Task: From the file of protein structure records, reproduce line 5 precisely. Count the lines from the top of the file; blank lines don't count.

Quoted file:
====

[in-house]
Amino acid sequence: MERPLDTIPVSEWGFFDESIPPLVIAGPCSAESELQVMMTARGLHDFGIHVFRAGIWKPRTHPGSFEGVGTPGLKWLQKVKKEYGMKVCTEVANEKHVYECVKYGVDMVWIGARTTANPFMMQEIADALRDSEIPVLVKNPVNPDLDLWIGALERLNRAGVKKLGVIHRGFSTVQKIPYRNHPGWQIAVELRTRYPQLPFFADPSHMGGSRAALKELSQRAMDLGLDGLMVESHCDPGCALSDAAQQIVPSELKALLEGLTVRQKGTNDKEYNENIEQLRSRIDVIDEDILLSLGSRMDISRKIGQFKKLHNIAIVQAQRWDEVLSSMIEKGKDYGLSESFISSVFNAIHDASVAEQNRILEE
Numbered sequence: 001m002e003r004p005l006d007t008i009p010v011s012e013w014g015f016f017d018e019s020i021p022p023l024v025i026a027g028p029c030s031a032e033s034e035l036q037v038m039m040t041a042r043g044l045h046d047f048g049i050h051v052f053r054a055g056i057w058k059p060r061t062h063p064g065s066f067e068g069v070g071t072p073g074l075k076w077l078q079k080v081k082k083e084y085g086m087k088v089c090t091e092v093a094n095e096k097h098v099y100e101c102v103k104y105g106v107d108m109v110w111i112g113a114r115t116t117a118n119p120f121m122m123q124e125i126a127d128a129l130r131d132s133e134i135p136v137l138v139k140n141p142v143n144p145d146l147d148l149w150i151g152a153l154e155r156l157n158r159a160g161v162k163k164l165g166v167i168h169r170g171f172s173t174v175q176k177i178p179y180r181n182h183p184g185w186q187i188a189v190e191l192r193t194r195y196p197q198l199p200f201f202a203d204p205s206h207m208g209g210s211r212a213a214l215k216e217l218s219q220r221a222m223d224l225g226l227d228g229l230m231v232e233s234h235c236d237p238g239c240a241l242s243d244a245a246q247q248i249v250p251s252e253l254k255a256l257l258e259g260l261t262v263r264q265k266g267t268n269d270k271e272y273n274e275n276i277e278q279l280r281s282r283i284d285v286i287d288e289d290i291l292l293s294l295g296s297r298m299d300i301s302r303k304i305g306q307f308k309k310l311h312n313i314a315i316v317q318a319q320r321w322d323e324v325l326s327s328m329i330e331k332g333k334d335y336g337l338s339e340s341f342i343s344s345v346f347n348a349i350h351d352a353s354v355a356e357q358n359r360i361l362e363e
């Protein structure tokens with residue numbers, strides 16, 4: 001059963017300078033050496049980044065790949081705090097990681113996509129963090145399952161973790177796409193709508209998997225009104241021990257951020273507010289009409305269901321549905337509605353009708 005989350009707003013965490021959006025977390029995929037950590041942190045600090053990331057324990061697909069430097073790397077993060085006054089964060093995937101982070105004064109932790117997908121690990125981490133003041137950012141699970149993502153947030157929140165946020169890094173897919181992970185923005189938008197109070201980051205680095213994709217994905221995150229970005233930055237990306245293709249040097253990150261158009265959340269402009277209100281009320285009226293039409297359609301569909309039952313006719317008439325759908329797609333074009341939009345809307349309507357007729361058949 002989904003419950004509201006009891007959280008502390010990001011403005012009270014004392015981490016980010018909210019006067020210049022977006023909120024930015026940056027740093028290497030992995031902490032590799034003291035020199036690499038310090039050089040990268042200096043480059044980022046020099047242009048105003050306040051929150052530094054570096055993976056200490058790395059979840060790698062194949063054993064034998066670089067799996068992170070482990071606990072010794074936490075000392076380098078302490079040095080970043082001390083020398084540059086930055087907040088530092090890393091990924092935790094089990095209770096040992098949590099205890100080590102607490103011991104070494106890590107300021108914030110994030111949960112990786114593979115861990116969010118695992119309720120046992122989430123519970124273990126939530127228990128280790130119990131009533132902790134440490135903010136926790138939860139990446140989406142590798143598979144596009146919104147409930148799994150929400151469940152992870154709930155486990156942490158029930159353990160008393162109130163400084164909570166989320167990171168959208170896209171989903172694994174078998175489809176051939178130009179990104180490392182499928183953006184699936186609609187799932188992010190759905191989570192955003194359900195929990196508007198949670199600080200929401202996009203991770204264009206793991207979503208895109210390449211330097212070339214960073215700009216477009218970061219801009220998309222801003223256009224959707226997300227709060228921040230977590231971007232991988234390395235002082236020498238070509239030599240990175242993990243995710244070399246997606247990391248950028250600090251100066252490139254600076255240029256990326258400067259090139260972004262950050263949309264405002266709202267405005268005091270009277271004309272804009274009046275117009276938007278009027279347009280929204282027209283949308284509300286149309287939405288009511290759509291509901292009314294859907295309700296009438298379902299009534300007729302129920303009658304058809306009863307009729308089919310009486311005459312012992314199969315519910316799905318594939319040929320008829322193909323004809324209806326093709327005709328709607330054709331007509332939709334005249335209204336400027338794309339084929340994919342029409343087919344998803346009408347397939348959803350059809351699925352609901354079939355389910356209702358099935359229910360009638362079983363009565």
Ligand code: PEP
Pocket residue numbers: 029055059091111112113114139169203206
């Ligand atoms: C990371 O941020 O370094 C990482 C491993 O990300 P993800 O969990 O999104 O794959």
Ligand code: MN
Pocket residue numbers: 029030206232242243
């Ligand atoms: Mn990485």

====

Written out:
Ligand code: PEP